On the blog today, we have author, Rebecca Hunter visiting. She’s a mom and a writer, known for her wonderfully sexy New Adult romance books set in Stockholm, Sweden. Welcome, Rebecca!
How long have you been a writer?
Should I count the book I constructed in first grade, using cardboard for covers? Or my short story in 12th grade that made my creative writing teacher laugh aloud? Or maybe the starting point was when my first poem was published in my early 20’s? If you count these steps, then I guess I’ve been a writer for most of my life…though not always a very skilled one. Actually, I’ve spent most of my life thinking I wasn’t “good enough.”
Then, a few years ago, I decided to give myself the best birthday present I could think of: I’d write a novel, even if it wasn’t very good (it wasn’t!). But that’s the point that I’d say I became a writer: When I decided I’d dedicate myself to writing, regardless of the end result.
Do your kids know you’re an author? What do they think of that? Are they proud? Do they tell their friends?
Yes, my kids know I write romance, and they think it’s fun that I write books…except when I’m writing instead of paying attention to them!! When I asked if they tell their friends, both kids gave me a strange look, and my daughter said, “Mamma, we don’t talk about that kind of thing.”
How do you manage the demands of raising kids and finding the time to write?
Not always successfully! The weekends are the hardest. When the kids are in school, I set my own schedule, so I block out time to write. I also work as an academic editor and translator, so sometimes I have more time than others, depending on the projects. But it’s hopeless to try to write after the kids come home from school. If I’ve had a really busy day, I sometimes complete my word count at night, but I try to avoid that.
Do you have a set amount of words you try to write every day?
I have a minimum number of words that I write every day, no matter what. This really helps me with procrastination. The number isn’t very high (500) – in other words, it’s manageable, no matter how tired I am or what else is going on.
Do you write on weekends or do you keep that time for being with your kids?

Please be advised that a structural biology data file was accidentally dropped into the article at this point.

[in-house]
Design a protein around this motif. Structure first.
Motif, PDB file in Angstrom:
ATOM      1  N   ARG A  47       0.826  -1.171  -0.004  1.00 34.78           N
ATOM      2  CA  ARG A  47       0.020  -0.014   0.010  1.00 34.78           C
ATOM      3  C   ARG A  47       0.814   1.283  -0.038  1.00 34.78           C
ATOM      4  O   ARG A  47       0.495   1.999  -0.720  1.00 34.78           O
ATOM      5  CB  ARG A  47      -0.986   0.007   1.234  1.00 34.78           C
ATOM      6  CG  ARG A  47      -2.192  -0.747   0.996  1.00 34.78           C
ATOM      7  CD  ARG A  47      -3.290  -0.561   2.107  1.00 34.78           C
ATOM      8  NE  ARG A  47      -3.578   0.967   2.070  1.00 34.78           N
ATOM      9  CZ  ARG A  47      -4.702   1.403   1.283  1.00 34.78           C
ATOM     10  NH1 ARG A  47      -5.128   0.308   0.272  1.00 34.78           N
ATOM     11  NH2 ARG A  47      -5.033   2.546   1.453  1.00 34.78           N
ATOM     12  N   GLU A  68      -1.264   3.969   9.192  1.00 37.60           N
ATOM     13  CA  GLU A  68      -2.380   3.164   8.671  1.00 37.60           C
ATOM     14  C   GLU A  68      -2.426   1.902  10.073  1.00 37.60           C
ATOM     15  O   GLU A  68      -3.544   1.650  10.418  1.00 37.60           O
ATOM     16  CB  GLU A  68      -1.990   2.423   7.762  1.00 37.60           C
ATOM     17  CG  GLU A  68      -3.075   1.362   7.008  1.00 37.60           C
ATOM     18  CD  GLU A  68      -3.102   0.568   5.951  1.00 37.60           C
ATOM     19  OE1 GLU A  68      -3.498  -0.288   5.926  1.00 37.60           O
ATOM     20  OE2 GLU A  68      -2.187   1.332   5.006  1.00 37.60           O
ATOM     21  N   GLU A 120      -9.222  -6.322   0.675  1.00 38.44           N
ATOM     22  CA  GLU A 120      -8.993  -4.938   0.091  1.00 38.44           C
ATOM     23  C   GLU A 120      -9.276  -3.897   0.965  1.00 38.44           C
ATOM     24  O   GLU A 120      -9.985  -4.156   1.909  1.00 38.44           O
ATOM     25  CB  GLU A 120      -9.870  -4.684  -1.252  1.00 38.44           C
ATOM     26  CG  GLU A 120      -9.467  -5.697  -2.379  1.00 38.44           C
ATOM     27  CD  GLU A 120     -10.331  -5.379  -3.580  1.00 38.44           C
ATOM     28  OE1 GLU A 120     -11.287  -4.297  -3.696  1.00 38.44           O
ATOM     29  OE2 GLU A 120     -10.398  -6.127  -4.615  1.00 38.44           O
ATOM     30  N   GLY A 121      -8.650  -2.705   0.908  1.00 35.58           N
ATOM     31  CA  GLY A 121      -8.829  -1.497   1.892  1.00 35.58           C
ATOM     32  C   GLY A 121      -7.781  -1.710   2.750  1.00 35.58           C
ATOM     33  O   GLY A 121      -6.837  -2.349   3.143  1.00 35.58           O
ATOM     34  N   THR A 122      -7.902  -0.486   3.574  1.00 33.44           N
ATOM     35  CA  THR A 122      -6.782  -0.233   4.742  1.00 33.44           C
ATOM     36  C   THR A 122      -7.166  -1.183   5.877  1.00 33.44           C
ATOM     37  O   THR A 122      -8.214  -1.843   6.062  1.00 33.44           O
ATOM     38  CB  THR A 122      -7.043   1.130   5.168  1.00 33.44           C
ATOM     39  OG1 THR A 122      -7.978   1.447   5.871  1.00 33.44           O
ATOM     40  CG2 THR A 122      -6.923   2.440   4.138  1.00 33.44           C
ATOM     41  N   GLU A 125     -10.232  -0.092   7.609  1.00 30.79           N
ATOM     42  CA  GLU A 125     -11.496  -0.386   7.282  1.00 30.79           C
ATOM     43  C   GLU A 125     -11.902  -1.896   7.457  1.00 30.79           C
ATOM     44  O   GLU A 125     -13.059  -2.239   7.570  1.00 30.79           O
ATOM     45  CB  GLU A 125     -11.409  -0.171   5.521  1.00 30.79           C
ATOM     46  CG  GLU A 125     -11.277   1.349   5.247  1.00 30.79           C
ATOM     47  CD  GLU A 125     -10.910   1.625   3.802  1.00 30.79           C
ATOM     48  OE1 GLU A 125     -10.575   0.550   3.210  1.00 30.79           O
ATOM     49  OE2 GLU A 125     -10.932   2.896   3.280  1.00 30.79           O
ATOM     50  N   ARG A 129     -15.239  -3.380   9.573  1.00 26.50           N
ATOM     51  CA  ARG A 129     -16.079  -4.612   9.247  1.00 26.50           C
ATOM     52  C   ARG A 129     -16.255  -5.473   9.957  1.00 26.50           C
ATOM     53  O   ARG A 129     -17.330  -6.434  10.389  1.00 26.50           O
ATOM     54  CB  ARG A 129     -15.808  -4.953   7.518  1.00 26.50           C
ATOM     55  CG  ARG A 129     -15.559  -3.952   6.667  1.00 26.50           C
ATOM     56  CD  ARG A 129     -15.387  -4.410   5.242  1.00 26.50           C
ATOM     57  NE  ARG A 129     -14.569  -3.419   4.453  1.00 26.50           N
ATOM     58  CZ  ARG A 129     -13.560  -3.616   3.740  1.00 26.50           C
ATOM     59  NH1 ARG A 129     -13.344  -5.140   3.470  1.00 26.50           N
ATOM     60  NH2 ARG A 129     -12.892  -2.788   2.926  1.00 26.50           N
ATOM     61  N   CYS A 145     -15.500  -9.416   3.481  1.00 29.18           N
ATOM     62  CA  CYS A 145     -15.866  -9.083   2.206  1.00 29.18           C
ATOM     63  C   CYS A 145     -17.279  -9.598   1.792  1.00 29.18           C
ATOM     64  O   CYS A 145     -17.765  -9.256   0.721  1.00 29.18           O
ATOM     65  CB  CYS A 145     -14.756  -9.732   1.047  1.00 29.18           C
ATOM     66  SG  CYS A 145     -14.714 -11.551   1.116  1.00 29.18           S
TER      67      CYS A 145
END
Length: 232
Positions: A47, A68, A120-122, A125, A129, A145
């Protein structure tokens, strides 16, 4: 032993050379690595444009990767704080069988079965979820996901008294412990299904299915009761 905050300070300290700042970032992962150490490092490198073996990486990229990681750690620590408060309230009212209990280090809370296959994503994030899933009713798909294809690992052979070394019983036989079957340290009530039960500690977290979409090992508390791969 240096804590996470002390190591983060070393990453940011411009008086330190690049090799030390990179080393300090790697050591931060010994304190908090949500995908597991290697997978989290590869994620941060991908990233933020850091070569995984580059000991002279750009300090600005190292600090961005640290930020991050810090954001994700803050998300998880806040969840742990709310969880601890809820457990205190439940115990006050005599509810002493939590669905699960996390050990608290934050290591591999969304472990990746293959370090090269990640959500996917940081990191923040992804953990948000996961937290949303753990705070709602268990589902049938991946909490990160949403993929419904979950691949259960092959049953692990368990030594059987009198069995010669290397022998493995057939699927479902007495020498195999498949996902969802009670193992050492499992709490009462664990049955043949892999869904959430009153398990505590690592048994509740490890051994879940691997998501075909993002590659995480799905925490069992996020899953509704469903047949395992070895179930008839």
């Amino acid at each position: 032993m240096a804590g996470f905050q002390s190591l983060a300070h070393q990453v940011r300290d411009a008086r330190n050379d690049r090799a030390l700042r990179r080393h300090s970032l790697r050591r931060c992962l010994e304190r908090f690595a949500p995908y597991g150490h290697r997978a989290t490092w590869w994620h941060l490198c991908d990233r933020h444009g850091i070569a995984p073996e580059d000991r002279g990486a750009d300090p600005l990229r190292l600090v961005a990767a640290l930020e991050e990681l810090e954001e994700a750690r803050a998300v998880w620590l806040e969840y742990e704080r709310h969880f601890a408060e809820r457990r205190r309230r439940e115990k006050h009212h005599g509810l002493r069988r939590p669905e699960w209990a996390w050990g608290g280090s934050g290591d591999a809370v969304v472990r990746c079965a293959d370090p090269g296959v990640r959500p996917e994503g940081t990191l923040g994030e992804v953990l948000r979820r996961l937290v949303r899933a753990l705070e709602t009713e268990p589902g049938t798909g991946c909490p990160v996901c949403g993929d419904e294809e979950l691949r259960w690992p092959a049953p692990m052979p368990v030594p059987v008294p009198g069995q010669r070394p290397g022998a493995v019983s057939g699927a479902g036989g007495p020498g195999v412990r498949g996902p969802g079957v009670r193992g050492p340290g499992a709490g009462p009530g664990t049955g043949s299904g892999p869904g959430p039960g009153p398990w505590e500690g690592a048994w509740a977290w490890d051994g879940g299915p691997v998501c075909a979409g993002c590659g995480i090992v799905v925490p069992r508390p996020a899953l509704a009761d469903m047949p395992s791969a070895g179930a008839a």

I do work on the weekends, but since my word count is low, I usually can get it done early in the morning before things begin to move in the house. This goes for summer vacations too. The biggest challenge is to keep myself from checking email or social media when I’m pressed for time. In fact, I’m thinking of implementing a “no Internet during writing period” policy! This is more of a problem now that I’m making more of an effort to be e-social.
How do you manage meeting deadlines when you also have kids demanding your attention?
This is where things get tricky as a parent. Sometimes it means that I’m up late and a lot frazzled, and sometimes I just don’t get everything done.
The deadline for my most recent book ran right into an unexpectedly busy time at home, which meant that the writing came second. Then busy turned into an emergency (all is well now). I actually ended up turning in a book that needed one more proofread, but thankfully, I had a chance to resubmit before the first copies went out!
Your books have very explicit sex scenes. At what age will you allow your children to read them if they ask?
I’d say that my books are rated R, so I imagine we’ll approach the books in the same way we’d approach rated R movies! My books are about consensual relationships where women and men both play equal roles in negotiations, so I’m not particularly worried about the content as negative per se…but they’re certainly not kid appropriate. Personally, I’m a lot more sensitive to violence and aggression, animated or real, than I am to sex, so I’m more worried about my kids watching movies or playing video games that focus on violence than I am about them reading consensual sex scenes.
Do you have any advice for other moms who write?
It’s not really advice, just my view of the role writing books play in my life. Raising kids is an unending project full of both joy and heartache, and so much of the path is out of a mother’s control. Kids are their own people, of course! However, as writers, we have the ability to shape characters and stories the way we want to and we can use this power to explore the ideas that interest us that we struggle with.
Before I started writing regularly, I spent a lot of time worrying about our kids. There’s a degree of worry that’s helpful, but after a certain point, I found myself worried about all sorts of things…some more realistic than others! Here’s where I found that writing could play a very positive role in my life.
Though aspects of romances are idealized, these books are fundamentally about the interpersonal negotiations between two imperfect people in a relationship. Shaping these fictional characters and following them in their struggles helps me accept the messiness and imperfectiorocess of lewn interactions with my family. My characters try hard to overcome their hang-ups, but they are interesting and ultimately, happy because of the process of learning to be closer to someone, not in spite of it! And this goes for marriage interactions, too – we learn to accept our partner’s struggles as well as our own, and ultimately, we are closer because of it. Writing flawed characters is emotionally fulfilling in part because it helps me work through this idea both as a writer and as a person.
Rebecca has, over the years, called many places home, including Michigan, where she grew up, New York, San Francisco, and of course, Stockholm, Sweden. After their most recent move from Sweden back to the San Francisco Bay Area, she and her husband assured each other they’ll never move again. Well, probably not.